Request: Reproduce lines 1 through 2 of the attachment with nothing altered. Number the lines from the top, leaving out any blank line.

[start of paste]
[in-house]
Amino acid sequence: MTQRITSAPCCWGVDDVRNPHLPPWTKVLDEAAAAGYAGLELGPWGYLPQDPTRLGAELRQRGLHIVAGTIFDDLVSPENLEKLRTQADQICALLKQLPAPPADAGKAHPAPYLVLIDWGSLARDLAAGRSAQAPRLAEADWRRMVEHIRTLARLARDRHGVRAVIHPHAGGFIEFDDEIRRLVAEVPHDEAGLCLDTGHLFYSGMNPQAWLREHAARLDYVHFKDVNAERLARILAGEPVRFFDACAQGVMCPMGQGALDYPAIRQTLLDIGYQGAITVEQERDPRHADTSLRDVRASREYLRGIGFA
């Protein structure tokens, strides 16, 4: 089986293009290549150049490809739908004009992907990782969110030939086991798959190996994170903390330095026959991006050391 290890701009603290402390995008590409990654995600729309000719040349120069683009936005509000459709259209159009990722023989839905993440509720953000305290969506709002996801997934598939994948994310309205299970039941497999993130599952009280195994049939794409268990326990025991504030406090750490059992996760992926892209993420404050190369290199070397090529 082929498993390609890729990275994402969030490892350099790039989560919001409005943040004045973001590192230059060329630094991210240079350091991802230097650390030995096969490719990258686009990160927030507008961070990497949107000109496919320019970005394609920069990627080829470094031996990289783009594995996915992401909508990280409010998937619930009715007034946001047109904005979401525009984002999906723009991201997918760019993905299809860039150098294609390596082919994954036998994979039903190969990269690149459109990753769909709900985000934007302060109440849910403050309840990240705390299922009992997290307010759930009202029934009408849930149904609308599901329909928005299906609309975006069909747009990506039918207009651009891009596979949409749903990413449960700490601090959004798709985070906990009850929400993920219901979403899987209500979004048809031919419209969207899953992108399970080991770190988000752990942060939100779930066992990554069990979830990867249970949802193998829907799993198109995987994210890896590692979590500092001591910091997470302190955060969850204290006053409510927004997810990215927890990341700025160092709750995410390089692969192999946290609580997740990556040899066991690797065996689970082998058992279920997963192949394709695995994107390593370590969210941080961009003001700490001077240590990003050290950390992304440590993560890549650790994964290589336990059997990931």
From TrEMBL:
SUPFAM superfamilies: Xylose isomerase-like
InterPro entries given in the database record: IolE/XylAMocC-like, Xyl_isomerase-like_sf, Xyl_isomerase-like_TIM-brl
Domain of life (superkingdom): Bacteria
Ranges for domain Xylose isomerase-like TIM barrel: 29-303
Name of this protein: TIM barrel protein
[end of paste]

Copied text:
[in-house]
Amino acid sequence: MTQRITSAPCCWGVDDVRNPHLPPWTKVLDEAAAAGYAGLELGPWGYLPQDPTRLGAELRQRGLHIVAGTIFDDLVSPENLEKLRTQADQICALLKQLPAPPADAGKAHPAPYLVLIDWGSLARDLAAGRSAQAPRLAEADWRRMVEHIRTLARLARDRHGVRAVIHPHAGGFIEFDDEIRRLVAEVPHDEAGLCLDTGHLFYSGMNPQAWLREHAARLDYVHFKDVNAERLARILAGEPVRFFDACAQGVMCPMGQGALDYPAIRQTLLDIGYQGAITVEQERDPRHADTSLRDVRASREYLRGIGFA